US Med Voice

US Med


Vol. 2, No. 7 | July 2010




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Growing Pains
Physical pain associated with aging

US MED Gives Back At some point in life, many people just don't feel the way they used to. The jog that used to give them peace of mind now makes them highly aware of their knees and joints. It's not uncommon with age to experience new aches, but it isn't typical to be in pain; that's a sign that something is wrong. No two pains are identical, and it's hard to infer what you might feel as you age, but there are certain pains that are more common at certain ages. Here's a look at the types of pain that sometimes accompany aging -- and what to do about it. Regardless of your age or ailment, take these guidelines into consideration when you feel pain:

  • Deal with it head on. Ignoring pain or “sucking it up" is never a good idea. Acute pain, pain which comes on suddenly, should be treated as quickly as possible to prevent it from leading into a chronic pain condition, which is pain lasting more than three months.
  • Check on vitamin D. Ask your doctor to check your vitamin D levels to make sure you're not deficient. Vitamin D can be helpful in preventing micro-fractures and alleviating pain that arises from fractures related with osteoporosis.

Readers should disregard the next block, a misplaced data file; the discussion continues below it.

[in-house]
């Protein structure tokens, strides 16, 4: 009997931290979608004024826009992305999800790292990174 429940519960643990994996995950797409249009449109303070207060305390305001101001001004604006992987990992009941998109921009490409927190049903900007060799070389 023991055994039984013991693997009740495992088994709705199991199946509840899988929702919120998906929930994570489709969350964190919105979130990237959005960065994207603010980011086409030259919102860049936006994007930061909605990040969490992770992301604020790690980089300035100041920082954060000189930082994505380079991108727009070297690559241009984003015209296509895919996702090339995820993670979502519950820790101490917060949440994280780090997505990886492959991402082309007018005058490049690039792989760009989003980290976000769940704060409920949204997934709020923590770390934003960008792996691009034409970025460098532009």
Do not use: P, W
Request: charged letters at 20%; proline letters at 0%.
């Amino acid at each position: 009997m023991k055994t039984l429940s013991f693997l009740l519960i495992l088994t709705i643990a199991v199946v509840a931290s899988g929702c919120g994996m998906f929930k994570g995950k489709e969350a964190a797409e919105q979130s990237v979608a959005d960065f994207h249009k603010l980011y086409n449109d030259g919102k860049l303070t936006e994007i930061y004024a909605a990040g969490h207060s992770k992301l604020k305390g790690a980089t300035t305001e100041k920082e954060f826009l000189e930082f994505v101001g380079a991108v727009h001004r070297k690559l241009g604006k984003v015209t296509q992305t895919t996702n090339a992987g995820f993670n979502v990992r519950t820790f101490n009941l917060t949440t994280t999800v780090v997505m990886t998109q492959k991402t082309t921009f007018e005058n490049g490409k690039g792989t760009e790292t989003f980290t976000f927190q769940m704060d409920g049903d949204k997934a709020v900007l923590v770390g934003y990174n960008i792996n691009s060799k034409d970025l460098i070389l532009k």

• Avoid obesity. Extra weight puts extra strain on the body, increasing your chances of experiencing chronic joint and lower back pain.
  • Get enough sleep.A lack of sleep can worsen pain and contribute to muscle tightness and depression. If you aren't sleeping well, check with your doctor to see if you have a sleep disorder and find out what can be done to help you get a good night's rest.
  • Watch for depression. Chronic pain is often accompanied by depression, which often goes unrecognized. Depression not only makes it more difficult to deal with physical pain, it magnifies it. If you have chronic pain, tell your doctor how you're feeling emotionally.

Pain is not something that you have to deal. Heed this advice and start feeling better today!

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